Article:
As you wait anxiously in the motionless horde of cars tangled in rush hour traffic, you gather surrounding statistics through your digital LED contact lenses. Tom’s Pizzeria is five blocks ahead and was ranked four out of five stars by customer reviews. As for the woman in the beige Honda beside you, she has a Jack Russell Terrier named Charlie, is originally from Texas, and her favorite book is Emily Bronte’s Wuthering Heights. The pack loosens up and you finish your commute home.
Three blocks away from your house though, your lenses display a Tweet from your wife, which says she’s watching a rerun of Seinfeld and is hungry for pizza. You consider turning around—Tom’s did get good reviews—but you proceed to your final destination instead, using turn-by-turn directions that appear above every intersection. No, you are not a Terminator sent here to aid Arnold Schwarzenegger’s character in the destruction of John Connor, however. Rather, you are just an average Joe, with less than perfect vision, living somewhere in the near future, thanks to the promise of augmented reality.
What is Augmented Reality?
In 1990, Boeing researcher Tom Caudell first coined the term “augmented reality” to describe a digital display used by aircraft electricians that blended virtual graphics onto a physical reality. As for the computer science world’s definition of augmented reality (AR) though, it’s more detailed, but essentially the same: Augmented reality is the interaction of superimposed graphics, audio and other sense enhancements over a real-world environment that’s displayed in real-time.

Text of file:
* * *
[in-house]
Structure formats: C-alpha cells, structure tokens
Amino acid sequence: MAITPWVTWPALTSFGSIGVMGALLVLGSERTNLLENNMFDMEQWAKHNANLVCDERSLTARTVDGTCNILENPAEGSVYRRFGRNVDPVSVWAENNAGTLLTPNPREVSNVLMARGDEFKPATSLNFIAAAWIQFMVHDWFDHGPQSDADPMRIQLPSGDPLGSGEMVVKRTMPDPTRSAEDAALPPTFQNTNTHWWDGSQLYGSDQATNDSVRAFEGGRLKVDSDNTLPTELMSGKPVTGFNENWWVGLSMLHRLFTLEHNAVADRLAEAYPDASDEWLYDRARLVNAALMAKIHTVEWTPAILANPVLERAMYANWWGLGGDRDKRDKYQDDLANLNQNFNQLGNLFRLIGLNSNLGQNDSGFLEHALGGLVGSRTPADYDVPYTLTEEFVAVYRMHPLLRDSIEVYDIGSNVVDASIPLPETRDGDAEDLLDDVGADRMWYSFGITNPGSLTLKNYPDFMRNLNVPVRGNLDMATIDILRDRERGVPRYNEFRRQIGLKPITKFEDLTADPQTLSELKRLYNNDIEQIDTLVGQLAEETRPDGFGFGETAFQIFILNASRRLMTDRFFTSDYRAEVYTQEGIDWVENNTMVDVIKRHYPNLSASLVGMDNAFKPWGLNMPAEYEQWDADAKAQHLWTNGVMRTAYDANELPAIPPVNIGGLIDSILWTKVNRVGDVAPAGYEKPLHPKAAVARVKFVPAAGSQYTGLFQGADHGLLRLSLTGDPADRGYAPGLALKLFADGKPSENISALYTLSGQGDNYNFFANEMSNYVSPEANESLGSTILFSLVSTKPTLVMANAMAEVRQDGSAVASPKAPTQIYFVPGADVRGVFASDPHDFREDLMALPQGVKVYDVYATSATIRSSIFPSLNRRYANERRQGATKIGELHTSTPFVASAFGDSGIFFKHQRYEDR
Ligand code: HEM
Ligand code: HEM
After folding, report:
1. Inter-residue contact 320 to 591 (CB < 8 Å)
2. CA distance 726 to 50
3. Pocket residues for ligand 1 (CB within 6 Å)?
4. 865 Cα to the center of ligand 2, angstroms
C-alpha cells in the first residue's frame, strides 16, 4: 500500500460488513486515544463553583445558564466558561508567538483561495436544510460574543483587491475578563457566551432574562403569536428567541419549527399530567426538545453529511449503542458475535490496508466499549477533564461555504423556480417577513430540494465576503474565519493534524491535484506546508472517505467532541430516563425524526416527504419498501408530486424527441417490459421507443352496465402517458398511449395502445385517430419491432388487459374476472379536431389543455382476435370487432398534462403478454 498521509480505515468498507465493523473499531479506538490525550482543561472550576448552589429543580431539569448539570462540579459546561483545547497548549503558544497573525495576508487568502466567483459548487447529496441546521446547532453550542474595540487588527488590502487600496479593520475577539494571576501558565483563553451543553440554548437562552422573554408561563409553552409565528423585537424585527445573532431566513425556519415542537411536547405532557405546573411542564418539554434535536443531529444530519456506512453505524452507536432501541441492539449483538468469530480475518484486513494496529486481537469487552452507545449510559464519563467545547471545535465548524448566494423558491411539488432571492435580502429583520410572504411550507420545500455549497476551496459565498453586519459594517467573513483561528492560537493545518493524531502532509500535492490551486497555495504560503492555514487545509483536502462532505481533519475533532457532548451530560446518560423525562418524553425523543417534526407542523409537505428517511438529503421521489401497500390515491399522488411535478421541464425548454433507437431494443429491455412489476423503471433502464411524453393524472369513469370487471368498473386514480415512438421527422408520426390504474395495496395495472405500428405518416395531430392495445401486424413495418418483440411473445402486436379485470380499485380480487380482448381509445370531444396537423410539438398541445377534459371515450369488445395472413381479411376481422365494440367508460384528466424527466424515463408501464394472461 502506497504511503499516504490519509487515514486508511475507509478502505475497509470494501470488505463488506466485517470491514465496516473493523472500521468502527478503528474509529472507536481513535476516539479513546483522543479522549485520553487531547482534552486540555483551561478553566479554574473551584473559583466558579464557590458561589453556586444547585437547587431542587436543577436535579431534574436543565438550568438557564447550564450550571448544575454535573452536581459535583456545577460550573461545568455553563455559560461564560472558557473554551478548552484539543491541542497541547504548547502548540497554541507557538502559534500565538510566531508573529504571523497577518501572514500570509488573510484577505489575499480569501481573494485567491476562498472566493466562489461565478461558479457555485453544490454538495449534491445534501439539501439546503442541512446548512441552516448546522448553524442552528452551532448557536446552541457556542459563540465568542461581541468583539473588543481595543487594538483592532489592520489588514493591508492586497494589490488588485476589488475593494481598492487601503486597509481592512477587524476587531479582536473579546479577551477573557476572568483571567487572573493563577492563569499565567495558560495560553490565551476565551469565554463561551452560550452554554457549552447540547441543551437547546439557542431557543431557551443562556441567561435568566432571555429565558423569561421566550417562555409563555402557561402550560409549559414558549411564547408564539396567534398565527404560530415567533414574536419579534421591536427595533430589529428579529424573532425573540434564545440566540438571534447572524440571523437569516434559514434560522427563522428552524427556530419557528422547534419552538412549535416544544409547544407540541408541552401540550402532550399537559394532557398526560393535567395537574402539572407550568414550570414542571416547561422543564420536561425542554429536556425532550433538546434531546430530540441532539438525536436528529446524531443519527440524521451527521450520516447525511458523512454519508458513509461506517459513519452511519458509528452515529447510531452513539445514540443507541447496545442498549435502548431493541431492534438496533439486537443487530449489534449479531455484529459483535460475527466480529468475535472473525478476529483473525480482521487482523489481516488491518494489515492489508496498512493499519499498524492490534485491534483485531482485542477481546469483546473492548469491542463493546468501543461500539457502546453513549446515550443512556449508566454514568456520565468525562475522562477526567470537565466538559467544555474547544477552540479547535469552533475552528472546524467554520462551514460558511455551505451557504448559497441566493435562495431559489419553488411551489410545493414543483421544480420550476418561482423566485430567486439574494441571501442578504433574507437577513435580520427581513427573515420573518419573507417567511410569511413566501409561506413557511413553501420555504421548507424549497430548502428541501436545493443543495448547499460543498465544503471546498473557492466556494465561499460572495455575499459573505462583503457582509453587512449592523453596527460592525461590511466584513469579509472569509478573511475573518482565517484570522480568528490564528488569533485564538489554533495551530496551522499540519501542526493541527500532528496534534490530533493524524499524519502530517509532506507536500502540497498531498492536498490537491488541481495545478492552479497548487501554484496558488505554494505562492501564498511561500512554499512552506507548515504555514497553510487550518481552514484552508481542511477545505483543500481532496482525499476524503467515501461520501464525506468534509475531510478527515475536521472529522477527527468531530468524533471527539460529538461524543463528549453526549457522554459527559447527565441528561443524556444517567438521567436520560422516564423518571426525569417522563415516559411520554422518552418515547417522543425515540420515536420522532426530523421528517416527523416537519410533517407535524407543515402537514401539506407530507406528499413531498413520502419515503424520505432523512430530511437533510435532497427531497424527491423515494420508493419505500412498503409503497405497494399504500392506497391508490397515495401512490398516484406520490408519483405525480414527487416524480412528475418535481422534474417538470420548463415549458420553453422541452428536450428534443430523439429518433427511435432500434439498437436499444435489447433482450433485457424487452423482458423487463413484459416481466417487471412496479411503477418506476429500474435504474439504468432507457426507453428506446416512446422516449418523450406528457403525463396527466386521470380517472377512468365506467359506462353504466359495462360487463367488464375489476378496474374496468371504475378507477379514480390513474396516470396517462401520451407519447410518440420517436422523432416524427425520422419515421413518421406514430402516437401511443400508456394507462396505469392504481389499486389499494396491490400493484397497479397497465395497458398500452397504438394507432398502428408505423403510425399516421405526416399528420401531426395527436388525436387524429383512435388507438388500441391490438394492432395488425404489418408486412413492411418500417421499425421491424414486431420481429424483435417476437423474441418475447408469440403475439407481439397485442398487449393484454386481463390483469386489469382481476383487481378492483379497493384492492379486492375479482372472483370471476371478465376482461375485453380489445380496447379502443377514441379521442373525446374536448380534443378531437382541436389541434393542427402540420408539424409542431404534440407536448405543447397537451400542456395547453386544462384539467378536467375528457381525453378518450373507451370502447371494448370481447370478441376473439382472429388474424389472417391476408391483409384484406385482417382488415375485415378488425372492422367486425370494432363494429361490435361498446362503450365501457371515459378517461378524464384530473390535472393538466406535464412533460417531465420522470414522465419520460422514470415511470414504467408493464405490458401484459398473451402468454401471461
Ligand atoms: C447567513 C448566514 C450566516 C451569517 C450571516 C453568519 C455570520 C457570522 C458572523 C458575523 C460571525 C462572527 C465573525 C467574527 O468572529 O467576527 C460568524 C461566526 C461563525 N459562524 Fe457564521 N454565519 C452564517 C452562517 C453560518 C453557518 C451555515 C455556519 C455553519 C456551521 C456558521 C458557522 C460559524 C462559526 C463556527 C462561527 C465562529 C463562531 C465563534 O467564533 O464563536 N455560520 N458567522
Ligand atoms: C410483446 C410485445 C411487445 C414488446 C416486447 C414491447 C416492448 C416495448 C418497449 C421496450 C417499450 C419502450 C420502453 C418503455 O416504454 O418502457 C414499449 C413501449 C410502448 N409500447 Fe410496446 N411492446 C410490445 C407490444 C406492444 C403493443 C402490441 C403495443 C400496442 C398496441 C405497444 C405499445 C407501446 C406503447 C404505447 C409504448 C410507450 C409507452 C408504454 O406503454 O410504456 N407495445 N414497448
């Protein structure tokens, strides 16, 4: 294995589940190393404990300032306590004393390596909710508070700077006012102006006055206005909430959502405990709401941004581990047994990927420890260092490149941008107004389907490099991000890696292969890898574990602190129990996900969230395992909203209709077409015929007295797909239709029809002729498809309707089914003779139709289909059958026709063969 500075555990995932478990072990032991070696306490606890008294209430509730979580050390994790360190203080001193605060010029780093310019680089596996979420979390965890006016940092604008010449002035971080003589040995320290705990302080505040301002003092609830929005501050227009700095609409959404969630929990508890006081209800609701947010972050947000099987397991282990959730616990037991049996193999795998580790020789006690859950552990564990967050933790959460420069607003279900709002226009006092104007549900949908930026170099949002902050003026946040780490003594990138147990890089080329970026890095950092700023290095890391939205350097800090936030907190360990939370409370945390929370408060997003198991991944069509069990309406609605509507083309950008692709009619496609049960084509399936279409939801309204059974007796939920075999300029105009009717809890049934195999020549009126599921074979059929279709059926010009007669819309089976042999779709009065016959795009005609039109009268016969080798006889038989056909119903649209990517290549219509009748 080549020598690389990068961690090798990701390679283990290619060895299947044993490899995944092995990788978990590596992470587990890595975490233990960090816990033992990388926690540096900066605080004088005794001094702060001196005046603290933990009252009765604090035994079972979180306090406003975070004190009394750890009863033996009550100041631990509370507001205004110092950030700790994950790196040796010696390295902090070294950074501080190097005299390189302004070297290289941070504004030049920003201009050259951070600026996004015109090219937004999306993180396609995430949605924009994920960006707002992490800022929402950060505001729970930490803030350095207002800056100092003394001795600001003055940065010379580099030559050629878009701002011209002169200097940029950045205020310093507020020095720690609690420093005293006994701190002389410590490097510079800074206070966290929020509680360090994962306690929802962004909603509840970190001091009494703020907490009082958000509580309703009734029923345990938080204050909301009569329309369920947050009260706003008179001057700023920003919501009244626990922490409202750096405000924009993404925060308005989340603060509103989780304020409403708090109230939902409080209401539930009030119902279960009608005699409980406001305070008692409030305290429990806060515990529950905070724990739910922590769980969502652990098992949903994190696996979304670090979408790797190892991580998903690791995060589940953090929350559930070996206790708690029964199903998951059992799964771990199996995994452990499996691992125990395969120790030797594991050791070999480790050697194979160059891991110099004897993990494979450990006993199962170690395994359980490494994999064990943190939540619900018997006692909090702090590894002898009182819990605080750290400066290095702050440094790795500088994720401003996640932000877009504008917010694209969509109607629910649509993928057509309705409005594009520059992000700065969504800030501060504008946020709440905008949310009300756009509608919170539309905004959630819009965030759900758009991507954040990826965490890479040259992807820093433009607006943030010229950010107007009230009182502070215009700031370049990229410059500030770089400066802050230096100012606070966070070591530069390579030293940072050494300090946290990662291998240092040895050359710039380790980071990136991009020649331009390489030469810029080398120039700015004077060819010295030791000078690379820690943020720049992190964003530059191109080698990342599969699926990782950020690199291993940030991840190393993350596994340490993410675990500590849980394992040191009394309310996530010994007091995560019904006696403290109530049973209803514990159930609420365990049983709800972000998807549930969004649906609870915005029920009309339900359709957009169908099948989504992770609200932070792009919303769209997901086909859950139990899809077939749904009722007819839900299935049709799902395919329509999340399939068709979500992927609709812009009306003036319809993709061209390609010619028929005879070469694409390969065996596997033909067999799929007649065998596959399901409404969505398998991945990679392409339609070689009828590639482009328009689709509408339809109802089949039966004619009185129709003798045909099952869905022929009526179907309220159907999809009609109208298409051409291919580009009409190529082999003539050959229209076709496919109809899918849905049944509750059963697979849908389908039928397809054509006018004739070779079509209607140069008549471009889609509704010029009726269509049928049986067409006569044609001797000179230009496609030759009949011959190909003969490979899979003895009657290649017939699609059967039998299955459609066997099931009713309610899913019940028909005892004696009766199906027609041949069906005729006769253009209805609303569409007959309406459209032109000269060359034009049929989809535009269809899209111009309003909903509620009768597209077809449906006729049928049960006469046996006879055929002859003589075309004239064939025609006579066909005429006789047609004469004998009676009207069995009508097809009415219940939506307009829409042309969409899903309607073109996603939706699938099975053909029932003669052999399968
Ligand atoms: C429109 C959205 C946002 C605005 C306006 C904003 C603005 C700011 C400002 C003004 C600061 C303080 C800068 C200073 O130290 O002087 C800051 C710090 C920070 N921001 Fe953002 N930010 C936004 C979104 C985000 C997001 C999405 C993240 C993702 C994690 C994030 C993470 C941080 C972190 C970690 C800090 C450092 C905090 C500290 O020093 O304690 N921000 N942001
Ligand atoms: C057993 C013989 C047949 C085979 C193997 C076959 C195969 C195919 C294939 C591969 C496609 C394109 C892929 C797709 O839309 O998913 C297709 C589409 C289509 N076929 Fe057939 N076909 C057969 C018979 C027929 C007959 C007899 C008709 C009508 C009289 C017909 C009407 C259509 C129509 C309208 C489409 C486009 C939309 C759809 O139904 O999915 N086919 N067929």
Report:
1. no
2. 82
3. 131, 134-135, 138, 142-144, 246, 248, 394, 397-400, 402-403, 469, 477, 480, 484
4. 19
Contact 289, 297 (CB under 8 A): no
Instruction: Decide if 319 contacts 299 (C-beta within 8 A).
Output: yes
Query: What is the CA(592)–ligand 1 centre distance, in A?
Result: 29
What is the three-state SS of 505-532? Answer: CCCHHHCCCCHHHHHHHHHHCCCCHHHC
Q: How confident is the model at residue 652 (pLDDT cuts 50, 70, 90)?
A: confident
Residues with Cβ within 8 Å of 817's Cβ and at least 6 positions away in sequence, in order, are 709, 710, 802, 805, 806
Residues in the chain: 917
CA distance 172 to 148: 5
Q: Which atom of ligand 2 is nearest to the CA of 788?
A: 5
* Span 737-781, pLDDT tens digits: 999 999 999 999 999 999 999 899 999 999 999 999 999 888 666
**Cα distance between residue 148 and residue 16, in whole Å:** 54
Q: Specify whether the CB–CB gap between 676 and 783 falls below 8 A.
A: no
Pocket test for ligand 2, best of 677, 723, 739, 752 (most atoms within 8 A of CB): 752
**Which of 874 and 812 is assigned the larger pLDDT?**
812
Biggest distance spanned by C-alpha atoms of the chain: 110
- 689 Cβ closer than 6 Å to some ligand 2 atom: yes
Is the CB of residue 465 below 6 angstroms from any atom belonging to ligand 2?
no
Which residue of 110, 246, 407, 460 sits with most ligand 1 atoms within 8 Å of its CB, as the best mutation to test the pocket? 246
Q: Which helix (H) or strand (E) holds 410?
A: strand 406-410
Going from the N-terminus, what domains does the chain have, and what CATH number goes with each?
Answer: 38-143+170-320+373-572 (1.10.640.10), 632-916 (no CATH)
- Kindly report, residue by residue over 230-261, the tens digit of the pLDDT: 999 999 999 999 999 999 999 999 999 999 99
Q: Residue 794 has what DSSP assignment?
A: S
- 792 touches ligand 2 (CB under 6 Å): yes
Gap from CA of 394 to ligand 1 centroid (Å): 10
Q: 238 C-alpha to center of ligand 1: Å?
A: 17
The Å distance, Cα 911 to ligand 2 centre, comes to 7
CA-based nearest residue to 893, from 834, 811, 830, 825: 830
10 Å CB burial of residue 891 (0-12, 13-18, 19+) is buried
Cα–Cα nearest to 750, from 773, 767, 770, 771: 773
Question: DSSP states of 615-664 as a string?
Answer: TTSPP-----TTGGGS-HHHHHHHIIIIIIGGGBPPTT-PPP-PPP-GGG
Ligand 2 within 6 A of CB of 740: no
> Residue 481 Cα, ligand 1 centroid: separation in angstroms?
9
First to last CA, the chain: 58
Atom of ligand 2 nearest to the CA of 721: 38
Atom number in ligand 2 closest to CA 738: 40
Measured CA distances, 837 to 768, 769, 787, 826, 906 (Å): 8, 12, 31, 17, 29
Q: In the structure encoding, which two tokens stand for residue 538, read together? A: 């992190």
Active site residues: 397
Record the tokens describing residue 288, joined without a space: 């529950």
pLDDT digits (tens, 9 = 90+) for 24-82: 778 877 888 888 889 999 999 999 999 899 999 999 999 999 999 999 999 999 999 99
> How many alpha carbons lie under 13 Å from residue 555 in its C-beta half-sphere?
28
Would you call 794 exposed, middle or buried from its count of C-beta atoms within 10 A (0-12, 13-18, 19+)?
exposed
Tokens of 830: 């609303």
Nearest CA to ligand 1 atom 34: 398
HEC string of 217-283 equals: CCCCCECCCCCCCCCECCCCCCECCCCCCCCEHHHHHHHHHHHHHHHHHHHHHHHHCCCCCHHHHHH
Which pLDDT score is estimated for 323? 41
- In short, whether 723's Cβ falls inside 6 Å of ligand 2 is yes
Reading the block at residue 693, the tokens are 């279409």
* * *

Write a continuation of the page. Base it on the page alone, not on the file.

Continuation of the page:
AR is not a new concept either. In fact, we’ve seen it in many different ways over the years, but we just might not have noticed. From the yellow first-down lines sketched over a televised football game to the movie Who Framed Roger Rabbit—or even examples as basic as where a projector’s been used to project images atop a real setting—all are examples of virtual graphics being superimposed upon a real-life situation.
So what’s with all the recent hype? Well, most AR researchers say there’s been hype for the idea of augmented reality since the 1930s. But most of its modern enthusiasm has been contained within the computing community. As for the sudden upsurge in public interest though, the mobile community has brought on this recent hype due to the increasing number of AR smartphone apps released this summer and following slew set to appear this fall.